With the power of the cloud, the boundary between regular mobiles and smartphones is collapsing. That’s great for us all, says Ben Sillis
Nokia’s latest phone can do just about anything. It’s got a touchscreen. You can jump online. It’s got games – you could lose hours playing Final Fantasy on it. You can send emails and chat with friends all over the world or play music on it. You can even use it to check your location with Nokia’s maps service and plot your route so you don’t get lost on a drive. Sounds smart, right? Here’s the thing though: this isn’t one of Nokia’s expensive new Lumia smartphones running Microsoft’s Windows Phone software. It’s the Nokia Asha 311, a small, simple mobile phone that costs less than US$110 before subsidies.
What makes a phone smart?
Once upon a time, there was a clear divide between smartphones and ‘Average Joe’ mobile phones. The former were big, expensive and ran apps and games, while the latter were cheaper, and did not.
It’s easy to overlook mobile phones – sometimes written off as ‘dumb phones’ – and get swept up in the glitz and glamour of Samsung’s next shiny Galaxy or new Apple iPhone. But while smartphone shipments are growing and growing, mobile phones still count for the majority of handsets shipped each year – 900 million in 2012, compared to 700 million smartphones.
But soon, we won’t be able to tell them apart. The boundaries are rapidly blurring, and you can now do the same things on a US$50 phone that you can on a US$500 smartphone, whether that’s playing Angry Birds (available for many simple Nokia phones) or running a start-up business. Maybe not as quickly, or with as much style – but you still can.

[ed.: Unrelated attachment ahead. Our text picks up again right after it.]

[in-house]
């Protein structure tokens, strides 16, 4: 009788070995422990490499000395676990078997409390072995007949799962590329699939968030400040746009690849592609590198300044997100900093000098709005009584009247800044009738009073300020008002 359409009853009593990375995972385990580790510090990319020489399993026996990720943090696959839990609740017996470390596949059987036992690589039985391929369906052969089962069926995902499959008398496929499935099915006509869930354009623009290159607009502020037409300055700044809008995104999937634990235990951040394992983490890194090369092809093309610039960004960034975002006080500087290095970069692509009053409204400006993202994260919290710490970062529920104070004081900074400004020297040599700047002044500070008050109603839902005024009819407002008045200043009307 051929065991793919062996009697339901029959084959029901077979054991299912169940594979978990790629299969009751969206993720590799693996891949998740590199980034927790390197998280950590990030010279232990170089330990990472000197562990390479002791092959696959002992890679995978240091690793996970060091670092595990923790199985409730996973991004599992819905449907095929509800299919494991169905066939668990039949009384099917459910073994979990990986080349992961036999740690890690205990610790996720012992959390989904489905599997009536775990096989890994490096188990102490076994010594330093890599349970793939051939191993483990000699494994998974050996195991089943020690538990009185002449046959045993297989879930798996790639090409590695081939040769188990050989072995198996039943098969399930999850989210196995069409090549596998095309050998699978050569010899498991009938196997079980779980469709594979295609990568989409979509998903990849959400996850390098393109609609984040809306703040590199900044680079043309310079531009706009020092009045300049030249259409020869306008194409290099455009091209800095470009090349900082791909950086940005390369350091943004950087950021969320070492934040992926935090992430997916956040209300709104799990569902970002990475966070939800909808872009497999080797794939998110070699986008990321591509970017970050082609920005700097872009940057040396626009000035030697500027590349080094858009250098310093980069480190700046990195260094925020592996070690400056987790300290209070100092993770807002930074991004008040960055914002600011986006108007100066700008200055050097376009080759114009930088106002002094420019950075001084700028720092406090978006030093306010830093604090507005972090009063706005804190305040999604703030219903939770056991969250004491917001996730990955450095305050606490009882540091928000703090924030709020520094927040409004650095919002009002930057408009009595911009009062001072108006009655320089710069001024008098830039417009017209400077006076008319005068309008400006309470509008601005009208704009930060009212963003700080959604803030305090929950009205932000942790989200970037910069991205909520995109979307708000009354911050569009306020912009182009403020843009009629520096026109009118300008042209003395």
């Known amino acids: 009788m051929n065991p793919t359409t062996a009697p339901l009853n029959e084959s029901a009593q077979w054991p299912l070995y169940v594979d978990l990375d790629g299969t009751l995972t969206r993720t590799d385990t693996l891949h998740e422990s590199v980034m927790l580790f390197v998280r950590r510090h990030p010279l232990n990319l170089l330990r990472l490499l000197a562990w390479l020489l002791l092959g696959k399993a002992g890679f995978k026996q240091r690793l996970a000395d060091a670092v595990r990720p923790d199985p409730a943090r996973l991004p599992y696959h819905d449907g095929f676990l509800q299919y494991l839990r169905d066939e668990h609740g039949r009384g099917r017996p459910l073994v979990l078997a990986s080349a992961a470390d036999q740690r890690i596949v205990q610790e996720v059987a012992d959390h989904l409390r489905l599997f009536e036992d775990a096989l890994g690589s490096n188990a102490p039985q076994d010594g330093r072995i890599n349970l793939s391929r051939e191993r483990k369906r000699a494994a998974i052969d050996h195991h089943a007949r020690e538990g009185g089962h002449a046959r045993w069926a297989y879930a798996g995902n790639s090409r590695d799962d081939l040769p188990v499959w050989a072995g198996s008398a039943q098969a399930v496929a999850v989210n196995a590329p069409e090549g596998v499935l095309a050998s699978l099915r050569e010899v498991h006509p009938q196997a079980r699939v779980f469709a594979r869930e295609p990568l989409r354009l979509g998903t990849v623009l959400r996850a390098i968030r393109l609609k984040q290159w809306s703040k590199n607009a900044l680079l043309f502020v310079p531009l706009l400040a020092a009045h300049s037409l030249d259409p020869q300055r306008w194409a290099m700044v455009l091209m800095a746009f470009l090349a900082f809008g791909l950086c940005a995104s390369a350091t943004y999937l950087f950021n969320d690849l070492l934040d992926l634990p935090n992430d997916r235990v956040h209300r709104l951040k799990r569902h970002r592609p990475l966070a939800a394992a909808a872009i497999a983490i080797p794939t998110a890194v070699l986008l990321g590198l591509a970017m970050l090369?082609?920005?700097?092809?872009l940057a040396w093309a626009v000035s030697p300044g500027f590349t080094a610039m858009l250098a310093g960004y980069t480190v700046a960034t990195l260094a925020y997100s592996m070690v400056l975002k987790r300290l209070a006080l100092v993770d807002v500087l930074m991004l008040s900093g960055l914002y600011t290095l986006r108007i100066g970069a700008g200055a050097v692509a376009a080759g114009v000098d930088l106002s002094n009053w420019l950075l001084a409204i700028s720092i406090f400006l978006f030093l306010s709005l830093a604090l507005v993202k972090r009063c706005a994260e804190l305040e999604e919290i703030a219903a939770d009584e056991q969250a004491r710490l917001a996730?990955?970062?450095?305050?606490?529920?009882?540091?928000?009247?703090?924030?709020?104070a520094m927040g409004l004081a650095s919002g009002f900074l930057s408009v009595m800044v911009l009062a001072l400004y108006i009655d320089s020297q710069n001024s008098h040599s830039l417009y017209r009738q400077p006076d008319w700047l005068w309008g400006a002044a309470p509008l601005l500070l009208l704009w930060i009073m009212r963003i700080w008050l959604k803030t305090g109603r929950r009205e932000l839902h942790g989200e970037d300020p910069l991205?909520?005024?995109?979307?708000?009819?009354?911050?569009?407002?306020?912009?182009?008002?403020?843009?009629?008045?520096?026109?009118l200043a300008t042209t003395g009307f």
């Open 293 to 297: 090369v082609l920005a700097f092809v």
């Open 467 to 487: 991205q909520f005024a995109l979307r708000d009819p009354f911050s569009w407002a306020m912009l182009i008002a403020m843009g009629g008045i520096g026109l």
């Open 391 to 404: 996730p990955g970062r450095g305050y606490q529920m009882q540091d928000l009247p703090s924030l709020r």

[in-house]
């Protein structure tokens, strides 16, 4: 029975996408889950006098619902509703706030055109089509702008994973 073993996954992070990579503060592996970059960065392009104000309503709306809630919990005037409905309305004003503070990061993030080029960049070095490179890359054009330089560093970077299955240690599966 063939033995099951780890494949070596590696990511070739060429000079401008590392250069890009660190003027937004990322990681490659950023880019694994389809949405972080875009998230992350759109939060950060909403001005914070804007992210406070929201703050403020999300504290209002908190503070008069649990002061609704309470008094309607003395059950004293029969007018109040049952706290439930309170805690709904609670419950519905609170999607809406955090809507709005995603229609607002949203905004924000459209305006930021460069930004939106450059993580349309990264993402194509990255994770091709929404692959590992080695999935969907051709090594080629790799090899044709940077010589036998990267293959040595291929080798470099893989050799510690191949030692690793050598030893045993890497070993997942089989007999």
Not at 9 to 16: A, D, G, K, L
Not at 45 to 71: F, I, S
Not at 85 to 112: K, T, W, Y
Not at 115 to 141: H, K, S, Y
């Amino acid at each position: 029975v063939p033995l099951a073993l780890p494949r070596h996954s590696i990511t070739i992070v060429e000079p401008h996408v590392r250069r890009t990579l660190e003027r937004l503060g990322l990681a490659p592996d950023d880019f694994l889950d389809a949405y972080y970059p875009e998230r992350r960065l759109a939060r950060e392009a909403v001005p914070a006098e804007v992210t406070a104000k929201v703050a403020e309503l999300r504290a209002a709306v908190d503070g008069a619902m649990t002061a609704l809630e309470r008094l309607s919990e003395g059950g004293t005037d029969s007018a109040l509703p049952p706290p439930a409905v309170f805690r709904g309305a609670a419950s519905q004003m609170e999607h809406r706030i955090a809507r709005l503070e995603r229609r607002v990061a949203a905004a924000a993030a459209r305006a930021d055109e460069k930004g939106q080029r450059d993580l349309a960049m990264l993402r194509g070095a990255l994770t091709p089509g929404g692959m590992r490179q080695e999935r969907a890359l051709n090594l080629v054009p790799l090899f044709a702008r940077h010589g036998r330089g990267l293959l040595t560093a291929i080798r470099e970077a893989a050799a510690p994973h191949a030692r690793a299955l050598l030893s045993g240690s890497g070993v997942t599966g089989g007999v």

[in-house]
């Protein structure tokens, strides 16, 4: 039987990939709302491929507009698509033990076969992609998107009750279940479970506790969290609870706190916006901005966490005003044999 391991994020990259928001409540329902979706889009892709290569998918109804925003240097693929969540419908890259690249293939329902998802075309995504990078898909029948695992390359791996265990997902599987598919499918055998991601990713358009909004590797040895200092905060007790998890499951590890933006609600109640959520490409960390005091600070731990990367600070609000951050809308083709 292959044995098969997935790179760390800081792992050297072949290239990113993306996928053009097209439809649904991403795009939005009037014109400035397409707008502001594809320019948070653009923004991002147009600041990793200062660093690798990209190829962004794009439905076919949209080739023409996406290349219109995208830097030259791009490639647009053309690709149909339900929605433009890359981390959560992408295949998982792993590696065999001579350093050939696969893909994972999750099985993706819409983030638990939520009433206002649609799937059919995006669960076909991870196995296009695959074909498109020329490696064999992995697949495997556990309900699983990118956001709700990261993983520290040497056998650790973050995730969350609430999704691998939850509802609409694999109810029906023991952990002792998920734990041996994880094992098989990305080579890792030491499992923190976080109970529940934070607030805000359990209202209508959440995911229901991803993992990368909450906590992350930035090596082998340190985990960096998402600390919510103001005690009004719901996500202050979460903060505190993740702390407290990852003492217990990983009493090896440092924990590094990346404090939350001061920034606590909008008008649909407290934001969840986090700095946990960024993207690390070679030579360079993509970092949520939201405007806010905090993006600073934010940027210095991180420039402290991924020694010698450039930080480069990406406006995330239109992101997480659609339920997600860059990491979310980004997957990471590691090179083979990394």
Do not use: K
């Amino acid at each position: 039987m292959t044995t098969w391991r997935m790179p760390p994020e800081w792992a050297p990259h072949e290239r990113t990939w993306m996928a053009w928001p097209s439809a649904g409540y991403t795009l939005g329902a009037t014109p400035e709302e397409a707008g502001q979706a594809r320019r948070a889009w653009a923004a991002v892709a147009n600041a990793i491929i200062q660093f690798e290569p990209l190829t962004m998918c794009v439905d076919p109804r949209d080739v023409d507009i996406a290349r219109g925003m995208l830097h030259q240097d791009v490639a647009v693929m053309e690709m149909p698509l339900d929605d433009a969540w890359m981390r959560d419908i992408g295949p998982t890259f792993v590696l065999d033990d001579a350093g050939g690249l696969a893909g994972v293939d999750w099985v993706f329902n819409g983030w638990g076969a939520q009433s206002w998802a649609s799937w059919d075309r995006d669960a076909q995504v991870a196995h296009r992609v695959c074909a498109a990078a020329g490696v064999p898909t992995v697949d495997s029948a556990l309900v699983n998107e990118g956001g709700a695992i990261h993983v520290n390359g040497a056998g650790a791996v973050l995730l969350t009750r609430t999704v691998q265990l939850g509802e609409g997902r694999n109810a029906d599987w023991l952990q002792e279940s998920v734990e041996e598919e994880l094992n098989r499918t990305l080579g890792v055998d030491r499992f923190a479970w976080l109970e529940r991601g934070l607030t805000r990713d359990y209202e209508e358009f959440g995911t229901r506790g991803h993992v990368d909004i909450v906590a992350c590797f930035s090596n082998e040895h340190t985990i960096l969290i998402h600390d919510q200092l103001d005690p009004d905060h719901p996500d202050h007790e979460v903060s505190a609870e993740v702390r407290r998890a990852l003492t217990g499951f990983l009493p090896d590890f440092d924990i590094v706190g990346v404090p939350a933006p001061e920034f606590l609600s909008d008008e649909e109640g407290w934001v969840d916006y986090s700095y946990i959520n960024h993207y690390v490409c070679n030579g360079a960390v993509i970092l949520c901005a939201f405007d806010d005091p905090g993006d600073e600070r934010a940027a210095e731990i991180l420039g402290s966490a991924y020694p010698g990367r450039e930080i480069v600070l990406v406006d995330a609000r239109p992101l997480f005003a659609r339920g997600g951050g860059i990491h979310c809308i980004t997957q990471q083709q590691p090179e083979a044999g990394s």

Much of this is down to the rise of the mobile Internet. So long as you’re connected, the sites and services you need or love can use their servers to do all the data crunching, and deliver only what you need to know to your tiny screen.
All the big social networks and digital giants have versions of their websites which run like a dream, even on the most basic phones (in fact, with some mobile networks, 0.Facebook.com is completely free to use – you don’t even pay for data).
Internet access also breaks down the barriers. Now, SMS is a powerful tool. In many developing countries, text messages can be used to transfer money, with a mobile phone. But so long as people still rely on minutes and messages from their network, the lowly mobile phone will remain just that – anything international will cost you a fortune. With an Internet connection, where that data goes doesn’t matter anymore.
Those walls are already starting to crumble. Apps like Skype, Whatsapp and Viber are bringing affordable international calls and messaging to smartphones all over the world. So long as you have Internet access, they’re free or nearly free, and work regardless of what country the friend you’re contacting is in. Whatsapp and Viber even runs on Nokia’s lowly S40 mobile phones.
Internet access is easy to put in every phone now, but more difficult for every phone owner to pay for yet. The hardware power is there: now all that matters is getting everyone connected. I can’t wait – then the only thing holding all of us back is our imaginations.